Gynaecological cancers including ovarian, cervical, womb, vulval and vaginal cancer, kill 21 British women every day. September is gynaecological cancer awareness month with charities aiming to make women more aware of the symptoms to look out for such as abdominal bloating or abnormal bleeding and encourage them to visit their GP if they have concerns.
While vaginal and vulval cancers are rare, there are 3,000 new cases of cervical cancer a year. Ovarian cancer is also the leading cause of death from gynaecological cancer in the UK.
Diagnosing gynaecological cancers can be challenging as symptoms are often non-specific and can be similar to those of more common conditions, such as irritable bowel syndrome or anaemia.
In the MDU's experience of looking at 52 incidents reported to us involving ovarian cancer during the years 2014 to 2017, a common cause of complaints is an allegation of missed or delayed diagnosis. Patients and relatives are understandably upset if they believe their doctor missed an opportunity to ensure prompt treatment and if this in turn leads to a poorer prognosis. The findings from the incidents we examined included:
- The delay in diagnosis from symptoms starting ranged from one month to three years.
- The age ranges of the patient later diagnosed with ovarian cancer ranged from 25 to 80.
- Over half of the incidents (28) were claims for compensation, 24 were complaints. Of those files, two were referred to the GMC and one to the Ombudsman.
Dr Sharon Tate, Head of Primary Care Development at Target Ovarian Cancer, said: "Awareness of ovarian cancer among women and GPs is low. Just one in five women is able to name bloating as one of the main symptoms of the disease. Two-thirds of women are diagnosed once the cancer has already spread, and early diagnosis is crucial. At Target Ovarian Cancer, we work with GPs and GP practice nurses to make sure more women are diagnosed at the earliest possible stage by providing training tools, information on guidelines, and awareness resources."
Target Ovarian Cancer has two GP education modules available which contribute to CPD points. Visit www.targetovariancancer.org.uk/GP
Failure to diagnose cancer is not necessarily negligent but a claimant may have a case if they can show that a doctor's management fell below the expected standard, for example by not actively considering this diagnosis if a patient presents with persistent or frequent symptoms or failing to carry out the appropriate tests in a reasonable timescale.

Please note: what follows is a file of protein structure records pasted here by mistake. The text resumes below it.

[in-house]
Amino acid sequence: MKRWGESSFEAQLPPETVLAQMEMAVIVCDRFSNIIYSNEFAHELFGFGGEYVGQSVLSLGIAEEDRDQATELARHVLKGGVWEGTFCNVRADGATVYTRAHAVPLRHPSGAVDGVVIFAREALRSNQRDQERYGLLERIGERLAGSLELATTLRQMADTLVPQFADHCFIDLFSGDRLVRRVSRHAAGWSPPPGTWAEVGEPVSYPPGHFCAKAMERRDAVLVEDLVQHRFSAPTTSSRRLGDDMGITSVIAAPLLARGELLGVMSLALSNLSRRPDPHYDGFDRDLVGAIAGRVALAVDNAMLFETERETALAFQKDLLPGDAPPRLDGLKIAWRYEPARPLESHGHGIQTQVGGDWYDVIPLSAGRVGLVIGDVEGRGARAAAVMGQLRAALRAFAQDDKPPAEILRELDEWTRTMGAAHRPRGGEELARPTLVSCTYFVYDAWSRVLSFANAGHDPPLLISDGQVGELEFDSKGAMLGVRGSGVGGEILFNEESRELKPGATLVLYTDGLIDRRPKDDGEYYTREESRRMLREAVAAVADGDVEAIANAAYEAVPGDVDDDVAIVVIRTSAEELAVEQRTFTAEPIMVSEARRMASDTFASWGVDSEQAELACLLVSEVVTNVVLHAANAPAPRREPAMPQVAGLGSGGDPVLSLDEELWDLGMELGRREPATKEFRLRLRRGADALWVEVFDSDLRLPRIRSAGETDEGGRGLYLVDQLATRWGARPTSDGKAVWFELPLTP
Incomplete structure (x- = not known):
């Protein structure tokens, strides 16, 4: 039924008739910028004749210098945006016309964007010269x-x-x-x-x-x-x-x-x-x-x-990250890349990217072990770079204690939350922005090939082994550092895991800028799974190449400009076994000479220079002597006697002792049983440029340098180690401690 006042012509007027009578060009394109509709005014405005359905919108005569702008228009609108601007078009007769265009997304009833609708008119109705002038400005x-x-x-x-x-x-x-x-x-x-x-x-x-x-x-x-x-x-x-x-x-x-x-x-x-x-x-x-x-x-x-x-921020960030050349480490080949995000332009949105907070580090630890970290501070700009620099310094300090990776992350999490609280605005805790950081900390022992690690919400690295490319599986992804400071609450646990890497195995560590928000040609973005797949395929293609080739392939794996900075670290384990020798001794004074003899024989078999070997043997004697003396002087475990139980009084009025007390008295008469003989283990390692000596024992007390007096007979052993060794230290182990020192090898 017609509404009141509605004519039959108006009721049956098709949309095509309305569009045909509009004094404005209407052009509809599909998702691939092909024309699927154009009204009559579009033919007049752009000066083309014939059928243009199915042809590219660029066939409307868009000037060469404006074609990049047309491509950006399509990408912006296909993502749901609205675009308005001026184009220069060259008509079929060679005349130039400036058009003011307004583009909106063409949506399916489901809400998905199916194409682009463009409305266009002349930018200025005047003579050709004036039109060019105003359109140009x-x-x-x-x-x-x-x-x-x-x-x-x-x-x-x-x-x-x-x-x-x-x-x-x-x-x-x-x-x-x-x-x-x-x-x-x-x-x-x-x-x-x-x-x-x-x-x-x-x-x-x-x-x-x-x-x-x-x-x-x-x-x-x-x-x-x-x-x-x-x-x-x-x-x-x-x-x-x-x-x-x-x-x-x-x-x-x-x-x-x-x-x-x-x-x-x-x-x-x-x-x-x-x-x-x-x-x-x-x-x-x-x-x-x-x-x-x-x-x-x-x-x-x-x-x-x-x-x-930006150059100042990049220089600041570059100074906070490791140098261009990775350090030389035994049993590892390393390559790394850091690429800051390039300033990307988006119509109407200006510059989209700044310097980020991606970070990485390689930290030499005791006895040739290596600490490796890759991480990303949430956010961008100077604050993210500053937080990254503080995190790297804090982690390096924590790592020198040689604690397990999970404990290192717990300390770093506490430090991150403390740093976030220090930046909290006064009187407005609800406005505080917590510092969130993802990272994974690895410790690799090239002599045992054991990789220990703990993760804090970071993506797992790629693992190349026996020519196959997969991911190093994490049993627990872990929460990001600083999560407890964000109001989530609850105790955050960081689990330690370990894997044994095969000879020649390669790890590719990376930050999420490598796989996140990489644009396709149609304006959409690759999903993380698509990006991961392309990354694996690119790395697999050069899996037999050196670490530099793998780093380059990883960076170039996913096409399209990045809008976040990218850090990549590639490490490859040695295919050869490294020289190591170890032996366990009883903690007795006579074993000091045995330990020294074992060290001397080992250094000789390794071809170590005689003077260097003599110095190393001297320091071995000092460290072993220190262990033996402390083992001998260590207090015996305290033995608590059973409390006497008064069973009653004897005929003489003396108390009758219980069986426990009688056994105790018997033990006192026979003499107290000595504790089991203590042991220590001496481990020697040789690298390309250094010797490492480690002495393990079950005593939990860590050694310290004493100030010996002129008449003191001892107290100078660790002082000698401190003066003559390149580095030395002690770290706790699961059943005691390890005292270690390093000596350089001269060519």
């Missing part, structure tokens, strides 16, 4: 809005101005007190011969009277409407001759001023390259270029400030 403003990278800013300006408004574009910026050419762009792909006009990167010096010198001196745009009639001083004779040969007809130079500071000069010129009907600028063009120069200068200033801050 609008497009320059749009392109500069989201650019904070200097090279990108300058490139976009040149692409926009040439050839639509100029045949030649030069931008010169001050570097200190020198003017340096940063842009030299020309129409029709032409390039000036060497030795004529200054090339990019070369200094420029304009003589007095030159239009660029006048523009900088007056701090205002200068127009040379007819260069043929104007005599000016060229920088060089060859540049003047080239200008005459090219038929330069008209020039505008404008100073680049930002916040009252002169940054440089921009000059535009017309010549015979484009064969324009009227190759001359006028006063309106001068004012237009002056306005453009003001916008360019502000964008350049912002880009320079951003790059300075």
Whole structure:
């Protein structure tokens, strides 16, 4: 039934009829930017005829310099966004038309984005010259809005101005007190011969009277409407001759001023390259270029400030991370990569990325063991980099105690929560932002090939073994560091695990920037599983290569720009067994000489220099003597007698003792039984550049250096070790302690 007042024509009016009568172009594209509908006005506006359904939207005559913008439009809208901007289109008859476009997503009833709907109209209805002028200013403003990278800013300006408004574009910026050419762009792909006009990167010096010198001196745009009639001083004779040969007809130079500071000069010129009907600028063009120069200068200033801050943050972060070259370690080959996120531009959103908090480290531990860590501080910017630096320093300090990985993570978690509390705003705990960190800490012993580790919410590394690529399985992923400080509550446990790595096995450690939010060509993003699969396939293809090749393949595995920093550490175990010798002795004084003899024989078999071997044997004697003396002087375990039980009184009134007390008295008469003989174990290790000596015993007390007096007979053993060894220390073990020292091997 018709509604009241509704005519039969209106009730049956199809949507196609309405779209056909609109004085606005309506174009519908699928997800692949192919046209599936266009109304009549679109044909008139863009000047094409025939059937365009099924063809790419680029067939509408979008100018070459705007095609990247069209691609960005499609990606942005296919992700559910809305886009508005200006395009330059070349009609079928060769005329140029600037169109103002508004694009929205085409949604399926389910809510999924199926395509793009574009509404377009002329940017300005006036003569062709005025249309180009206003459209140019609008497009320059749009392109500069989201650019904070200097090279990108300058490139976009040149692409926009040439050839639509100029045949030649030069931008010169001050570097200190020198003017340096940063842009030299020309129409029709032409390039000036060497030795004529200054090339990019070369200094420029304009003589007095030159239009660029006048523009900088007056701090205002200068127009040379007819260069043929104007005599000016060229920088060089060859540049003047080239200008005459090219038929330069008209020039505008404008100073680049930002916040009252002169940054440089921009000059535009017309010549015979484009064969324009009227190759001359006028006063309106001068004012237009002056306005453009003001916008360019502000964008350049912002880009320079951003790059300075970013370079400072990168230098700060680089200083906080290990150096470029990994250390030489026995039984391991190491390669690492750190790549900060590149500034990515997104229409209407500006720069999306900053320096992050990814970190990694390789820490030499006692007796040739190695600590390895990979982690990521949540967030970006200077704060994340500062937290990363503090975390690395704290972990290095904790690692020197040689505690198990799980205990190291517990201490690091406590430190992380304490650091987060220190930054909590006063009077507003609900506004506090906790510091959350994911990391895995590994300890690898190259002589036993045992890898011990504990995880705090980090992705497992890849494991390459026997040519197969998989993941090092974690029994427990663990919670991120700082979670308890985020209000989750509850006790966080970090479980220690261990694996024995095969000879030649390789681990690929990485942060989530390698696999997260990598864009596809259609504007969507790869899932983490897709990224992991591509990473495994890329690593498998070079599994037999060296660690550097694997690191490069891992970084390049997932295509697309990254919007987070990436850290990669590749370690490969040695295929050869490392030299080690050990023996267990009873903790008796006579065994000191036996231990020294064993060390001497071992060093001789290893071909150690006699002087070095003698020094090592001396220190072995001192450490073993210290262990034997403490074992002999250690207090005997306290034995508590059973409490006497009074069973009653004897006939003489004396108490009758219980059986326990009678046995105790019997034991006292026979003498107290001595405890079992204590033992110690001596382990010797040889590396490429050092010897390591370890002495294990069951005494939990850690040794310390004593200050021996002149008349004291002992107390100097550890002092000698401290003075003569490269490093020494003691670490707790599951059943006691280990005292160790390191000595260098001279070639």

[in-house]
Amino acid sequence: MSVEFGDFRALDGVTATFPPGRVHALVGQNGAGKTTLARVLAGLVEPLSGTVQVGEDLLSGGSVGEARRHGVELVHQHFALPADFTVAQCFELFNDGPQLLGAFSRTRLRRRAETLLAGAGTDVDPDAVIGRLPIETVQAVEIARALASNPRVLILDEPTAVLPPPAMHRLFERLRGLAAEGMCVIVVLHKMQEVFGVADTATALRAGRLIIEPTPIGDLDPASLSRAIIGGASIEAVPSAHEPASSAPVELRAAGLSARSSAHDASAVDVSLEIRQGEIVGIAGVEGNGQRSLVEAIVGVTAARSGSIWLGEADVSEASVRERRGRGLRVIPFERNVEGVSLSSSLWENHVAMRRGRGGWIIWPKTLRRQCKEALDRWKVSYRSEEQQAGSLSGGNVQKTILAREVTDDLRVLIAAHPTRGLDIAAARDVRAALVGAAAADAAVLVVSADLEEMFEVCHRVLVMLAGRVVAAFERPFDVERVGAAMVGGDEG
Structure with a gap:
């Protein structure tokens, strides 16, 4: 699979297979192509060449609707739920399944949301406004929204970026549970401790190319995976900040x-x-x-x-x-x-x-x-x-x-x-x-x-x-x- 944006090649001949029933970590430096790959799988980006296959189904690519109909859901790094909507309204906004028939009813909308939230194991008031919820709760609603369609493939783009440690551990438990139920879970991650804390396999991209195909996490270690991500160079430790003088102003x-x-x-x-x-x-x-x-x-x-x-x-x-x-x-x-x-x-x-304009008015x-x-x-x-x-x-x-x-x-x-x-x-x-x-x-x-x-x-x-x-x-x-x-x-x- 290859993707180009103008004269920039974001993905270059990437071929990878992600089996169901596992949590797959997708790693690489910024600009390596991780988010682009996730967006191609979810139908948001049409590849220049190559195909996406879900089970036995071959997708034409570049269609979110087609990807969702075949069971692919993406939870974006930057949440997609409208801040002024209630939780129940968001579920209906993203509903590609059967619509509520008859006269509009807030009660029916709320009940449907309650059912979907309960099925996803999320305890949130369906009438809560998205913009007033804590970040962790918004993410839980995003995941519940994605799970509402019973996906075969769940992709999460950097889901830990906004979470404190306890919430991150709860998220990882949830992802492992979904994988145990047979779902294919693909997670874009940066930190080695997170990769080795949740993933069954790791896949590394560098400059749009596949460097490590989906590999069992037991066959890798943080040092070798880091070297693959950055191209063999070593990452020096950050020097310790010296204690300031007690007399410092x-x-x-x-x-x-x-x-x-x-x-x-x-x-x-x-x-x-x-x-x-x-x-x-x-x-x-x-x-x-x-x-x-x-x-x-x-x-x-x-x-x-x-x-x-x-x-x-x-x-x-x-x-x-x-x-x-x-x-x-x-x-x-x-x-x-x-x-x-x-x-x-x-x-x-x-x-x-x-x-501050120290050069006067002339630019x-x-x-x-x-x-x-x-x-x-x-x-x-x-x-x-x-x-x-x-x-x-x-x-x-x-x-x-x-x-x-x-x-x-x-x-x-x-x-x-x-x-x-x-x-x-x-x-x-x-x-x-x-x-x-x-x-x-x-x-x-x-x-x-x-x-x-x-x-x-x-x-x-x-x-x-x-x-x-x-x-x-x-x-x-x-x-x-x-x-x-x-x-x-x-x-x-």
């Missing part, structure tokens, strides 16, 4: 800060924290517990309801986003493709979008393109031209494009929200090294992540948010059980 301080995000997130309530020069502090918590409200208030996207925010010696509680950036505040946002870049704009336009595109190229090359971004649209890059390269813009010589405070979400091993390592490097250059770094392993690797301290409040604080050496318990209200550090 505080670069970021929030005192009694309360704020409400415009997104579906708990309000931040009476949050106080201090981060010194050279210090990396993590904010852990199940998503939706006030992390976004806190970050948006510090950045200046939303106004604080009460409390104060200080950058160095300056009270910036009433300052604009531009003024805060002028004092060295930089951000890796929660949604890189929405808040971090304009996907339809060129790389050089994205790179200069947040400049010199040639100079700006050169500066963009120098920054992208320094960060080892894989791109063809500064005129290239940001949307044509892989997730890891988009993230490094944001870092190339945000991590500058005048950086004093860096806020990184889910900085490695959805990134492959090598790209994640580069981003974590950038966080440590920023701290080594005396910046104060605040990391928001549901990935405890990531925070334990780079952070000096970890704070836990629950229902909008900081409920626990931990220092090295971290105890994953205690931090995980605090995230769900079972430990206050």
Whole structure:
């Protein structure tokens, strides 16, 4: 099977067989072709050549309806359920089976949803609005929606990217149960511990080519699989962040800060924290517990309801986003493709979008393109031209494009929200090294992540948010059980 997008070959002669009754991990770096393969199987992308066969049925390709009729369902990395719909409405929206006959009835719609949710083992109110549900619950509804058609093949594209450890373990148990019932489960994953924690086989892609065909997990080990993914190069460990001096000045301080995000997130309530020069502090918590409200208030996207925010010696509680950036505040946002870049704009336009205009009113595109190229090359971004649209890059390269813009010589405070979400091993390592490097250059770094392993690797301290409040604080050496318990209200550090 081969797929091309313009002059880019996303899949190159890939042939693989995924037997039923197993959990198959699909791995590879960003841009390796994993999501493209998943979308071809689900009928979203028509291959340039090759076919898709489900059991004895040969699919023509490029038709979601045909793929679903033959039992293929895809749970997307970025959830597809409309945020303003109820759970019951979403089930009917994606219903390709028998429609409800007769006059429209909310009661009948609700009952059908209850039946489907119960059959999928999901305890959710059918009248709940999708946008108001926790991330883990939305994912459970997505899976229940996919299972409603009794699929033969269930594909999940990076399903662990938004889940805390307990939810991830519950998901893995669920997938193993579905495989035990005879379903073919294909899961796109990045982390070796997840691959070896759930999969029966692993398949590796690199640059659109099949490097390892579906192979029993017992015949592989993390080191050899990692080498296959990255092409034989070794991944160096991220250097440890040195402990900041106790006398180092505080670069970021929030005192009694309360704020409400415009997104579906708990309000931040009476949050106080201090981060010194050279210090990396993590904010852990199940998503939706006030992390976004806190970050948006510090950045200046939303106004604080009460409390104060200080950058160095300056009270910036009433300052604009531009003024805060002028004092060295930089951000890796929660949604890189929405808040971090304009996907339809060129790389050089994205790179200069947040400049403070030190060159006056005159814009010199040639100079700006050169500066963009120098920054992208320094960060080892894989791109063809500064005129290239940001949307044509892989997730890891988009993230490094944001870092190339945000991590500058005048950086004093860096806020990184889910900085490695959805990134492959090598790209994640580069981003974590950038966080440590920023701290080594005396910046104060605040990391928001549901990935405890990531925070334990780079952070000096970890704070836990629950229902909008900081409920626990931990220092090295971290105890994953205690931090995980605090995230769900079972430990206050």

Common symptoms reported in the incidents we reviewed included nausea, bloating including feeling full or having a distended abdomen, abdominal pain, lower back pain, urinary symptoms including dysuria and increased frequency, loose stools, reduced appetite and weight loss.
Alternative diagnoses offered included:
- diverticular disease, especially if the pain was left sided and this had been picked up on colonoscopy
- irritable bowel syndrome, especially if the patient already had a history of this
- gall stones and cholecystitis, especially if the pain was in the right upper quadrant
- urinary tract infection, which was often also present
- musculoskeletal pain.
The NHS screening programme for cervical cancer covers women aged 25-64.
The MDU recently carried out research into the reasons for complaints against nurses from cervical screening. Although the numbers of complaints was small (23), a common theme was that patients felt they hadn’t been given enough information before and after screening and therefore hadn't properly consented. It's important that patients are provided with full information about cervical screening and allowed to ask questions.
Avoiding a diagnostic delay
There are steps that GPs can take to ensure that patients with a gynaecological cancer receive appropriate care and minimise the risk of an avoidable delay:
- Consider relevant clinical guidelines such as NICE guidance on the Ovarian Cancer Quality Standard (QS18) 1. This includes advice on symptoms, initial investigations, referral and treatment.
- Document the patient's history, details of your examination, differential diagnosis and management plan. Record negative as well as positive findings.
- If a potential diagnosis of cancer is being considered, take appropriate steps to exclude this.
- If an examination or blood test identifies signs suggestive of cancer, make an urgent referral in line with the NICE guidance.
- Even if you do not believe a patient has cancer, ensure they are aware of likely response times for symptoms to resolve or treatment to take effect and the need to return if symptoms continue.
- Consider implementing a computerised warning system to flag patients about whom you have concerns and whom you consider should be reviewed.
- Have an adverse incident reporting system in place so that you can analyse any delays in diagnosis or other problems that occur.
- Be aware of local arrangements for contacting and following-up patients, for example under the NHS Cervical Screening Programme.
- Ensure patients have been given adequate information to enable them to make an informed decision about screening and document this.
1 Ovarian cancer: Quality standard [QS18], NICE, May 2012 www.nice.org.uk/guidance/qs18
This guidance was correct at publication 28/09/2018. It is intended as general guidance for members only. If you are a member and need specific advice relating to your own circumstances, please contact one of our advisers.